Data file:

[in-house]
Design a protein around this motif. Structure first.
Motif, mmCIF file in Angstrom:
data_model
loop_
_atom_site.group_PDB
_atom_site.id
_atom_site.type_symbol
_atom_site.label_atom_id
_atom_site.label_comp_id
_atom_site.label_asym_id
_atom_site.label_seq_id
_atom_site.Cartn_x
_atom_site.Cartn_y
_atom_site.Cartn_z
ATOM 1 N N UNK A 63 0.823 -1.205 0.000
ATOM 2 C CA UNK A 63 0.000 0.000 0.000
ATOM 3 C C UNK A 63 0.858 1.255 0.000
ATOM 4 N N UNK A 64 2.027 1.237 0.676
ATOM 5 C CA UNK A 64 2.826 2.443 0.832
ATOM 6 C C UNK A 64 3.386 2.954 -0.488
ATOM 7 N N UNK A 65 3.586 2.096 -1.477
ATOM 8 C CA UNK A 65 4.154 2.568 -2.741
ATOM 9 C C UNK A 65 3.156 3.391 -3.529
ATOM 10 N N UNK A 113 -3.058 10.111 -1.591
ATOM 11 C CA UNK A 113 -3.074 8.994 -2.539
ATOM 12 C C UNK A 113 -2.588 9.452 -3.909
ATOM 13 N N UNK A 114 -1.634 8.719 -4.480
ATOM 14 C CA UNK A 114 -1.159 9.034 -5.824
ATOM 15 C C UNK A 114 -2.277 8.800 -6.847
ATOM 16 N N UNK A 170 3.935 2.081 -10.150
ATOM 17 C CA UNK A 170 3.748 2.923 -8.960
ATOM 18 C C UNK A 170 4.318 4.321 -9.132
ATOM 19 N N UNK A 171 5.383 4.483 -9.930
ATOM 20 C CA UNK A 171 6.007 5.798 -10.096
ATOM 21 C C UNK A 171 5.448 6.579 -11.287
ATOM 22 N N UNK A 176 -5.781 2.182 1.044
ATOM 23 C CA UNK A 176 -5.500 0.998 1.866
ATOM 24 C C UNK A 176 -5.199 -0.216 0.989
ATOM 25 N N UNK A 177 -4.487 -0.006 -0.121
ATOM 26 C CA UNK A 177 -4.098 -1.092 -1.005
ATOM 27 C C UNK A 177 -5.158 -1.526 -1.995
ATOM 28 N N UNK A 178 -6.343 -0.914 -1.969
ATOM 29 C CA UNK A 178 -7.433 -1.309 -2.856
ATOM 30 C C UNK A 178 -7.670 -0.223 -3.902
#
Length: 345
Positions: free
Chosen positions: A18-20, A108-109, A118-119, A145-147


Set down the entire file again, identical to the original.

[in-house]
Design a protein around this motif. Structure first.
Motif, mmCIF file in Angstrom:
data_model
loop_
_atom_site.group_PDB
_atom_site.id
_atom_site.type_symbol
_atom_site.label_atom_id
_atom_site.label_comp_id
_atom_site.label_asym_id
_atom_site.label_seq_id
_atom_site.Cartn_x
_atom_site.Cartn_y
_atom_site.Cartn_z
ATOM 1 N N UNK A 63 0.823 -1.205 0.000
ATOM 2 C CA UNK A 63 0.000 0.000 0.000
ATOM 3 C C UNK A 63 0.858 1.255 0.000
ATOM 4 N N UNK A 64 2.027 1.237 0.676
ATOM 5 C CA UNK A 64 2.826 2.443 0.832
ATOM 6 C C UNK A 64 3.386 2.954 -0.488
ATOM 7 N N UNK A 65 3.586 2.096 -1.477
ATOM 8 C CA UNK A 65 4.154 2.568 -2.741
ATOM 9 C C UNK A 65 3.156 3.391 -3.529
ATOM 10 N N UNK A 113 -3.058 10.111 -1.591
ATOM 11 C CA UNK A 113 -3.074 8.994 -2.539
ATOM 12 C C UNK A 113 -2.588 9.452 -3.909
ATOM 13 N N UNK A 114 -1.634 8.719 -4.480
ATOM 14 C CA UNK A 114 -1.159 9.034 -5.824
ATOM 15 C C UNK A 114 -2.277 8.800 -6.847
ATOM 16 N N UNK A 170 3.935 2.081 -10.150
ATOM 17 C CA UNK A 170 3.748 2.923 -8.960
ATOM 18 C C UNK A 170 4.318 4.321 -9.132
ATOM 19 N N UNK A 171 5.383 4.483 -9.930
ATOM 20 C CA UNK A 171 6.007 5.798 -10.096
ATOM 21 C C UNK A 171 5.448 6.579 -11.287
ATOM 22 N N UNK A 176 -5.781 2.182 1.044
ATOM 23 C CA UNK A 176 -5.500 0.998 1.866
ATOM 24 C C UNK A 176 -5.199 -0.216 0.989
ATOM 25 N N UNK A 177 -4.487 -0.006 -0.121
ATOM 26 C CA UNK A 177 -4.098 -1.092 -1.005
ATOM 27 C C UNK A 177 -5.158 -1.526 -1.995
ATOM 28 N N UNK A 178 -6.343 -0.914 -1.969
ATOM 29 C CA UNK A 178 -7.433 -1.309 -2.856
ATOM 30 C C UNK A 178 -7.670 -0.223 -3.902
#
Length: 345
Positions: free
Chosen positions: A18-20, A108-109, A118-119, A145-147